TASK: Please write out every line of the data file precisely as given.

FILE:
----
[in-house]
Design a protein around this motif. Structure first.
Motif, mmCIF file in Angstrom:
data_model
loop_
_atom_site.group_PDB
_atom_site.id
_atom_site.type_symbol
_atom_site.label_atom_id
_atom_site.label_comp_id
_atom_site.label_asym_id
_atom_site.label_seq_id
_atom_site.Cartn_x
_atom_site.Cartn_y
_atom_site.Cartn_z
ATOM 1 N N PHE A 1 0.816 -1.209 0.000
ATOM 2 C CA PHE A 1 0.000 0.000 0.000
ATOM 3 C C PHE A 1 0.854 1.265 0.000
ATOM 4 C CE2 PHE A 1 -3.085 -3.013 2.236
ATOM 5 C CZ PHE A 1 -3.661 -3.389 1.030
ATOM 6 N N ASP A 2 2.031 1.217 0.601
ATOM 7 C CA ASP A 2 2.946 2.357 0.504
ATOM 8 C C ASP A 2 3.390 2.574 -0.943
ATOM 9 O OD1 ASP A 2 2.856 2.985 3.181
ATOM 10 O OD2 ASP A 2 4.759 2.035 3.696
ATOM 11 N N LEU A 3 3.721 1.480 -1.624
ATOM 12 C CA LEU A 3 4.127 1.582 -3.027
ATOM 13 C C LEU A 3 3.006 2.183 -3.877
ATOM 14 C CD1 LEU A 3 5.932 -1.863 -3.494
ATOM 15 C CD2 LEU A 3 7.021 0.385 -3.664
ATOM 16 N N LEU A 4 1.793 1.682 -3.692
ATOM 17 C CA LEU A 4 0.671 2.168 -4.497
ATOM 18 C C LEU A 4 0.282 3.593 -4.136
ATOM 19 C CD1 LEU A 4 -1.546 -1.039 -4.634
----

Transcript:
[in-house]
Design a protein around this motif. Structure first.
Motif, mmCIF file in Angstrom:
data_model
loop_
_atom_site.group_PDB
_atom_site.id
_atom_site.type_symbol
_atom_site.label_atom_id
_atom_site.label_comp_id
_atom_site.label_asym_id
_atom_site.label_seq_id
_atom_site.Cartn_x
_atom_site.Cartn_y
_atom_site.Cartn_z
ATOM 1 N N PHE A 1 0.816 -1.209 0.000
ATOM 2 C CA PHE A 1 0.000 0.000 0.000
ATOM 3 C C PHE A 1 0.854 1.265 0.000
ATOM 4 C CE2 PHE A 1 -3.085 -3.013 2.236
ATOM 5 C CZ PHE A 1 -3.661 -3.389 1.030
ATOM 6 N N ASP A 2 2.031 1.217 0.601
ATOM 7 C CA ASP A 2 2.946 2.357 0.504
ATOM 8 C C ASP A 2 3.390 2.574 -0.943
ATOM 9 O OD1 ASP A 2 2.856 2.985 3.181
ATOM 10 O OD2 ASP A 2 4.759 2.035 3.696
ATOM 11 N N LEU A 3 3.721 1.480 -1.624
ATOM 12 C CA LEU A 3 4.127 1.582 -3.027
ATOM 13 C C LEU A 3 3.006 2.183 -3.877
ATOM 14 C CD1 LEU A 3 5.932 -1.863 -3.494
ATOM 15 C CD2 LEU A 3 7.021 0.385 -3.664
ATOM 16 N N LEU A 4 1.793 1.682 -3.692
ATOM 17 C CA LEU A 4 0.671 2.168 -4.497
ATOM 18 C C LEU A 4 0.282 3.593 -4.136
ATOM 19 C CD1 LEU A 4 -1.546 -1.039 -4.634